But Regent Michael Grebe, chairman of the search committee, said a re-start could cost UW six months and Johnsen was the committee’s top pick anyway. The committee had been set to meet Friday afternoon to make a recommendation to regents to hire him.
UW Board of Regents President Andrew Petersen, who served on the search committee, noted Johnsen was the panel’s unanimous choice as the best candidate. He called Johnsen’s decision “disappointing, a dark day for the UW System.”
He said regents will now focus on shepherding the system through the COVID-19 pandemic and will decide on how to conduct a new search “when there is a better opportunity.”
Michael Bernard-Donals, president of PROFS, a UW faculty group that advocates for tenure, research support and competitive wages, said Johnsen was right when he said the process was mired with problems. Regents must start from scratch with a new search committee that includes faculty and staff from across the UW System, he said.
Laura Downer, a UW-Madison public policy graduate student who chairs Associated Students of Madison, said she was glad Johnsen withdrew. He would have had a difficult time working with faculty, staff and student groups, she said.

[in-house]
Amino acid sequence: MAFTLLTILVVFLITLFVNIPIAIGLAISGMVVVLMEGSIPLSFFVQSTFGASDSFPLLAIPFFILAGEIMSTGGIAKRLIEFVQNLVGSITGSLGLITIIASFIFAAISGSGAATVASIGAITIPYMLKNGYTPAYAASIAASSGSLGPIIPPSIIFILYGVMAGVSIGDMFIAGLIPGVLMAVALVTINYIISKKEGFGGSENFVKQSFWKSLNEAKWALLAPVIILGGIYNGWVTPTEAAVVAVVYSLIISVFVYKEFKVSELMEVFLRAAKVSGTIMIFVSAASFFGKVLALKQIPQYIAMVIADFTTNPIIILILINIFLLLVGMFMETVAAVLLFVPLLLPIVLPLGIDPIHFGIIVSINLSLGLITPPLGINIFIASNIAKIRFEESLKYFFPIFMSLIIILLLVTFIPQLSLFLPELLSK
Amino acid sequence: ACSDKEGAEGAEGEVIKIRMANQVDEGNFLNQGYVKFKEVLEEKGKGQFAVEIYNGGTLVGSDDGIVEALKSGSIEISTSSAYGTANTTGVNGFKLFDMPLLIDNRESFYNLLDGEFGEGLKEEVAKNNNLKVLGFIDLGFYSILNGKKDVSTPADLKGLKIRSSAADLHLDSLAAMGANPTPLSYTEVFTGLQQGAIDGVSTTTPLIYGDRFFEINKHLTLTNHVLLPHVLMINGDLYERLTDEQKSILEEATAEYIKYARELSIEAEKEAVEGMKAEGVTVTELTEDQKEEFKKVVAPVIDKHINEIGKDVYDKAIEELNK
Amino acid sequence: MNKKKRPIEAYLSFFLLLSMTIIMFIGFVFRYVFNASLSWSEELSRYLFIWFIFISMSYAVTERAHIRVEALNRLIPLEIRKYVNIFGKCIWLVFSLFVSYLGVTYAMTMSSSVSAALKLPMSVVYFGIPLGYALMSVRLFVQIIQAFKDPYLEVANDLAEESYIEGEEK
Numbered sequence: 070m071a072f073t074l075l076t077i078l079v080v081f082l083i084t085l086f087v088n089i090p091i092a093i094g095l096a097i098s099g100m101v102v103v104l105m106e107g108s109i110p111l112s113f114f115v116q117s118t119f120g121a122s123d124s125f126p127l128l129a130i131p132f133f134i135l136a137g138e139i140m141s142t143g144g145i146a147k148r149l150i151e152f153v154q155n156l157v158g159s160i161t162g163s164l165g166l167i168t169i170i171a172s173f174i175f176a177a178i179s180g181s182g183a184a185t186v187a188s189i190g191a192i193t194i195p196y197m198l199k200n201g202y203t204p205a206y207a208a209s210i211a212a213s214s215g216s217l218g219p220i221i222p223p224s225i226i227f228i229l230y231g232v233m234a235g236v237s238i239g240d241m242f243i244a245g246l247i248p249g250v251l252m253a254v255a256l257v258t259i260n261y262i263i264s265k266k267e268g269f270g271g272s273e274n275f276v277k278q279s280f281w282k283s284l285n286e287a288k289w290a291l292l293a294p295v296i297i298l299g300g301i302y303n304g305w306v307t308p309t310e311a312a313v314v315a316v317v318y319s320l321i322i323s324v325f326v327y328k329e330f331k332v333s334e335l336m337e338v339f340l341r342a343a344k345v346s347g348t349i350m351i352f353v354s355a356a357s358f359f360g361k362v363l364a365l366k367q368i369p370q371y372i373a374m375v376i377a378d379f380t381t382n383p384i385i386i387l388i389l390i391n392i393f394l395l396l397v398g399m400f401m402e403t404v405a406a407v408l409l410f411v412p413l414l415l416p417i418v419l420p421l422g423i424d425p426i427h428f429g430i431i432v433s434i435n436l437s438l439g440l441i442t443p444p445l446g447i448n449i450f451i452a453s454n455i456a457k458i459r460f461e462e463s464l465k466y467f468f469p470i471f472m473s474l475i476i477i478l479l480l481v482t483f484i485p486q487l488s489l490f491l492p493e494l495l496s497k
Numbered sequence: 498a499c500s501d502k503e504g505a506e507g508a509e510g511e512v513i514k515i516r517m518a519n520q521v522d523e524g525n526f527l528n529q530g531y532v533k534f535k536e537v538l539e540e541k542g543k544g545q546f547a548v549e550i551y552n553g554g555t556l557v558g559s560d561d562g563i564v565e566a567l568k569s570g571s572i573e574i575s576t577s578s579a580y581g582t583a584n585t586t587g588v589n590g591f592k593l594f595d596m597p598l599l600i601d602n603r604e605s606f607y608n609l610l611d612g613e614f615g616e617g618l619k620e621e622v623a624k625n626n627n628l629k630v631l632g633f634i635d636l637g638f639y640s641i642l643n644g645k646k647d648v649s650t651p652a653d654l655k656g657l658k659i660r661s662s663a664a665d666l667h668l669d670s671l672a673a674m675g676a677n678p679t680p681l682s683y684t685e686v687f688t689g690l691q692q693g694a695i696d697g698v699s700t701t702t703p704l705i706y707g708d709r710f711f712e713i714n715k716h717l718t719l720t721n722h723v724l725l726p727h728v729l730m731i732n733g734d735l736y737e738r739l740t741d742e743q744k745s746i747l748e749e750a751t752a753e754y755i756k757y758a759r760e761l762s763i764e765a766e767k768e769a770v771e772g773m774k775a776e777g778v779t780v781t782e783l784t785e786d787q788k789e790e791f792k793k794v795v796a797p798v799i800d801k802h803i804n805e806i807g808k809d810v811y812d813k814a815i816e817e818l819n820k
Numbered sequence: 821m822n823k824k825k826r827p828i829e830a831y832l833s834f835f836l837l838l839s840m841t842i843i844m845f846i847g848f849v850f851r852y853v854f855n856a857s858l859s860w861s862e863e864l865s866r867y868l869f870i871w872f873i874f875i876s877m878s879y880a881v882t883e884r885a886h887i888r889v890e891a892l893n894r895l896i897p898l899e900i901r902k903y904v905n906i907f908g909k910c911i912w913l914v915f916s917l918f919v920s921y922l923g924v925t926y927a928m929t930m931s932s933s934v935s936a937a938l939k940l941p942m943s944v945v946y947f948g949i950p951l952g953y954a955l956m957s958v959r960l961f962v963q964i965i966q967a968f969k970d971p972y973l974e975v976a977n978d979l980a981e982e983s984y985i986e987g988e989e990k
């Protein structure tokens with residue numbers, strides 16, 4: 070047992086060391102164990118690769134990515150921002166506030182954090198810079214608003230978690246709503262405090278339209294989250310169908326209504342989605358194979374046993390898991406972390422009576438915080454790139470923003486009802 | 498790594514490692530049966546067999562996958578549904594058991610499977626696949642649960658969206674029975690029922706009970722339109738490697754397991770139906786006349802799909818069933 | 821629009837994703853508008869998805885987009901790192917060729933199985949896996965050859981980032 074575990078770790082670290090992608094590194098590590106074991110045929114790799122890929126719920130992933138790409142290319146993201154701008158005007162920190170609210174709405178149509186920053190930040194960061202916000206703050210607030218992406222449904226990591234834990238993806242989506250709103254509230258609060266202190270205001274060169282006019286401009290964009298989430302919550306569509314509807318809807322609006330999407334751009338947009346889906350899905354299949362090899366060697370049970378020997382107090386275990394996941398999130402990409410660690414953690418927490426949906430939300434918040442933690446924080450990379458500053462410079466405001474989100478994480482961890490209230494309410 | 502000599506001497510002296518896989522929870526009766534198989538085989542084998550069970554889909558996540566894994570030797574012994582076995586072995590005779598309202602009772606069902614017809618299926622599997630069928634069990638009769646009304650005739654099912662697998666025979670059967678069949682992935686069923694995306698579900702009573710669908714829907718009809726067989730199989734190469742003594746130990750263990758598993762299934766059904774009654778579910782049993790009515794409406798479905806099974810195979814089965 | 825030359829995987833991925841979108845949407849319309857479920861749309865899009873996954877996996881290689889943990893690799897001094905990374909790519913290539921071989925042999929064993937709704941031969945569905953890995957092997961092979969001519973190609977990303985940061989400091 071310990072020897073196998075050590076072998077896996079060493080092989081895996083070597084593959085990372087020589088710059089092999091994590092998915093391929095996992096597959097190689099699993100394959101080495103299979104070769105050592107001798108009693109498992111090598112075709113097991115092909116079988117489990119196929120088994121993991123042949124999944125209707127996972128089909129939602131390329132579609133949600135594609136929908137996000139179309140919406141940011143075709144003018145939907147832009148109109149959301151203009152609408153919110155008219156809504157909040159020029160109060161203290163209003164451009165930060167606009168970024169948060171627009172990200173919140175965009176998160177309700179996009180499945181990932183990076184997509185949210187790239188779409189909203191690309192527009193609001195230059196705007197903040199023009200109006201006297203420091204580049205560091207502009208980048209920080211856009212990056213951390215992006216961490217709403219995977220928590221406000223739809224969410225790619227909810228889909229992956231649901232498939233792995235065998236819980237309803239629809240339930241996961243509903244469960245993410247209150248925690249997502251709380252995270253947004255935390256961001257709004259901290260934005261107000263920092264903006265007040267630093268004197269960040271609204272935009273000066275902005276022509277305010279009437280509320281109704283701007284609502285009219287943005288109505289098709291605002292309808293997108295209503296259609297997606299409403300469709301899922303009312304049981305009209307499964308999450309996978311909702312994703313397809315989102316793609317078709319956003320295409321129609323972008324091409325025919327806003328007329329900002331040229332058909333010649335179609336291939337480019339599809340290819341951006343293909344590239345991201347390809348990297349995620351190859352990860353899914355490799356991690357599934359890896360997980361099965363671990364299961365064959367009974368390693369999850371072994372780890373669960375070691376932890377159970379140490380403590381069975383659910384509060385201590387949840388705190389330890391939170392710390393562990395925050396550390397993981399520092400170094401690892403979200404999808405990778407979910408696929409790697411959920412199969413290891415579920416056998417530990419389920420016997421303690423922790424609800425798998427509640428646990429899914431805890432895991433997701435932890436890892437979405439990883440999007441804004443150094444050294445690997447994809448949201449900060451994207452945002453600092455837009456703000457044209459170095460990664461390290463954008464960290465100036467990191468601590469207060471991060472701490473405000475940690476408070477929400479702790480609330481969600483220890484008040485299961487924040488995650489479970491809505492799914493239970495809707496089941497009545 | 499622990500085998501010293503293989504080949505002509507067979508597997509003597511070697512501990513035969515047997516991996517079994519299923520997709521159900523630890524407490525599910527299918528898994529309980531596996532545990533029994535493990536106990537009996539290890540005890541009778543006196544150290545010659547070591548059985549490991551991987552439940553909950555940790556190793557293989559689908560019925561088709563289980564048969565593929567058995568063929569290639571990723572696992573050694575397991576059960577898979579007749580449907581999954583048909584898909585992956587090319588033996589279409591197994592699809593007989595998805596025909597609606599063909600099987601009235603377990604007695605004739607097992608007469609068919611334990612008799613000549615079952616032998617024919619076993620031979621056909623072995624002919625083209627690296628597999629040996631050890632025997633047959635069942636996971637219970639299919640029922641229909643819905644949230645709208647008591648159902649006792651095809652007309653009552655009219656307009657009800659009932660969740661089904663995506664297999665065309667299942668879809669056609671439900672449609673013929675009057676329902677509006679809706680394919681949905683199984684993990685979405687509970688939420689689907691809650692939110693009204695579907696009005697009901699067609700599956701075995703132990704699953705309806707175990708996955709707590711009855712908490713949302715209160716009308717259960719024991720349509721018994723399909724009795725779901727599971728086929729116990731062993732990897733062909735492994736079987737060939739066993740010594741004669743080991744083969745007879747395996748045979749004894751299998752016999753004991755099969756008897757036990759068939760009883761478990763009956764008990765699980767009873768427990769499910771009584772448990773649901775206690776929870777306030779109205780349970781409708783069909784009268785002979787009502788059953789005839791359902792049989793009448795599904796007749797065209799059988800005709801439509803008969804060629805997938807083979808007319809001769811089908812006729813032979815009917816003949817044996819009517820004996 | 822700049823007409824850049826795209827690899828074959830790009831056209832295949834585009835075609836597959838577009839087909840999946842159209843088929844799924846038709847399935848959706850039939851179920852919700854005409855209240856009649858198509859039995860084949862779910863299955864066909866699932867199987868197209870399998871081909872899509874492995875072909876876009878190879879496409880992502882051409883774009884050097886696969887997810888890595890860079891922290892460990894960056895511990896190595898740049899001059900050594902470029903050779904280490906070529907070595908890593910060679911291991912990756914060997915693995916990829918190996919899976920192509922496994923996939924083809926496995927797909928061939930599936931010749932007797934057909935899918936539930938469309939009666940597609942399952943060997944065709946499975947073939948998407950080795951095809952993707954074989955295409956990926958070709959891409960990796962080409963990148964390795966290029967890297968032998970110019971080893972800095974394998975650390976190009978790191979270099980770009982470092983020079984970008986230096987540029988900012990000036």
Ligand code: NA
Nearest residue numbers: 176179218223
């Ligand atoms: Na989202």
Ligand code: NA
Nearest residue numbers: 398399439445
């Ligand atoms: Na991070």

“In the long term, it will force the UW System to take a look at shared governance and to ensure the voice of faculty, students and staff are taken into consideration,” Downer said.
Wisconsin state Assembly Speaker Robin Vos, a Rochester Republican, said he was disappointed that Johnsen was driven away.
“If leftist liberals on campus can’t decide on the UW System president, they become critics and drive out a qualified leader,” Vos said. “We can’t let intimidation become the way we choose our campus leaders.”
Bernad-Donals said in response that Vos apparently didn’t pay attention to Johnsen’s statement saying the regents’ search process had problems.
Alaska state Rep. Andy Josephson, an Anchorage Democrat, chairs the university subcommittee for the House Finance Committee. He said he likes Johnsen and believes he’s very skilled but “I worry about the ability of the president to govern moving forward.”
He cited a compact Republican Gov. Mike Dunleavy and the regents chair signed last year agreeing to $70 million in cuts to the Alaska system over three years. Josephson said he worries the deal will hamstring the system.